With Hurricane Irma heading to Florida, South Florida Wildlife Center (SFWC), the nation’s highest-volume wildlife hospital, trauma center and rehabilitation facility, is making plans to protect more than 350 adult and nursery patients in its care.
Songbirds, seabirds, ducks, geese, squirrels, turtles and tortoises, woodpeckers, warblers, owls, and opossums are among the 60 species currently housed at the facility.
The center has temporarily relocated the animals in small groups with its 45 staff members and additional volunteers.
“SFWC facilities will be boarded up and protected so that we can return as soon as possible and be prepared for the substantial work ahead that we expect if the storm turns out to be as severe as current reports indicate,” said SFWC Executive Director Debra Parsons-Drake. “We will bring our own patients back to the facility and also work in partnership with other agencies around the state to do whatever we can to help all wildlife affected by Irma.”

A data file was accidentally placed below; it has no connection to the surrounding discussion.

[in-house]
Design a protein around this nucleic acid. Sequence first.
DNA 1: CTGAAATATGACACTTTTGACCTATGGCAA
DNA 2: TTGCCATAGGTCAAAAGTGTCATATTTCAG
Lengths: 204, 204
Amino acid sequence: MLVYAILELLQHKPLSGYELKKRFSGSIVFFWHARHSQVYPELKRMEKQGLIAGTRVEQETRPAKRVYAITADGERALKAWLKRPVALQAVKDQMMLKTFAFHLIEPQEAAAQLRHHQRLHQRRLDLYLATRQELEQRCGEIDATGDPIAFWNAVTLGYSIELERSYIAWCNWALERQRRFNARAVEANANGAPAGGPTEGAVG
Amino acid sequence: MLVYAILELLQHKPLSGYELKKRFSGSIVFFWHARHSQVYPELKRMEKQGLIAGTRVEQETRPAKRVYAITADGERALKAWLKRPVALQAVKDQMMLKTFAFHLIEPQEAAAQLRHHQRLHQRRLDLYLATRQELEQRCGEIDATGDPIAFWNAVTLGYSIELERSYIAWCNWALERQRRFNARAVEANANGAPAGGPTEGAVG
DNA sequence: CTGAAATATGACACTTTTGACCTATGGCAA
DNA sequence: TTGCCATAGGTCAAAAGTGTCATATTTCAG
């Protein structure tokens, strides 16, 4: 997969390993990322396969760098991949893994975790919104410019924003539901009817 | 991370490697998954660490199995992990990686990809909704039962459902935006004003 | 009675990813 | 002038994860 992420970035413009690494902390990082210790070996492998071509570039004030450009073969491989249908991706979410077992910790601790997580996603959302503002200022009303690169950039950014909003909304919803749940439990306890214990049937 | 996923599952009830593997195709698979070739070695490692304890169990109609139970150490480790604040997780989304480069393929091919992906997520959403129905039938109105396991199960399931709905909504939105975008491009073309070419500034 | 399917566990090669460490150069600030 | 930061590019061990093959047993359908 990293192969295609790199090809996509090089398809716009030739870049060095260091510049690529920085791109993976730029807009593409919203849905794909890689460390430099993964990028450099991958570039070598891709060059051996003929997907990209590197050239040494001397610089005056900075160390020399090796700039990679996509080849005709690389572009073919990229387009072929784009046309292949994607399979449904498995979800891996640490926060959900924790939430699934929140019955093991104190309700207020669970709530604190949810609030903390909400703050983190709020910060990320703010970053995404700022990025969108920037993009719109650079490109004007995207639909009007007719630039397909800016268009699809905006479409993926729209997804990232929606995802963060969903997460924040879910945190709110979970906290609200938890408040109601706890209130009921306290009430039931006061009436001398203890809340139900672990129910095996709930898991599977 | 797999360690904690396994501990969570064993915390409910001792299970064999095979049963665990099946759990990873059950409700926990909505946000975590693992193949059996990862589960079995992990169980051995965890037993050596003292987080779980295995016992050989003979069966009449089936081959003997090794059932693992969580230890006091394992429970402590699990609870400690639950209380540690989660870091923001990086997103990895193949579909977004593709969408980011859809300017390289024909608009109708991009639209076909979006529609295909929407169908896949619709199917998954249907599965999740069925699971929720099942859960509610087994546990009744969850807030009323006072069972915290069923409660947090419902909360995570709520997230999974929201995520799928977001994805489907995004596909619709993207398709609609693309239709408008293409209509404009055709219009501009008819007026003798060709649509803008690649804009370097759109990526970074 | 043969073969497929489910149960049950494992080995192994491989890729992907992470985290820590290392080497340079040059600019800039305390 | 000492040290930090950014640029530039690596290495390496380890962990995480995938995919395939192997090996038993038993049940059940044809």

Should Irma be severe and affect roadways and power, SFWC anticipates being closed until it is safe to resume operations.
After the storm, the center implores people not to bring wildlife to the Center without calling first as there may not be anyone there to care for them.
If people find an injured wild animal and want to help, SFWC requests that they place them into a covered box or carrier and move the animal to a quiet, warm and dry place away from people and pets.
People should always be cautious and wear gloves whenever handling wild animals.
Equally important, SFWC advises that people never attempt to restrain any animal that you are not certain you can safely handle.
SFWC recently sent a team including wildlife education director Lynn Miller, Ph.D. and animal care supervisor Sharon Gall, to provide direct care for Hurricane Harvey-battered and orphaned wildlife in the Houston area.
An affiliate of The Humane Society of the United States, SFWC has been a member of the South Florida community for nearly 50 years, protecting South Florida’s biodiversity, transforming wildlife rehabilitation and saving lives.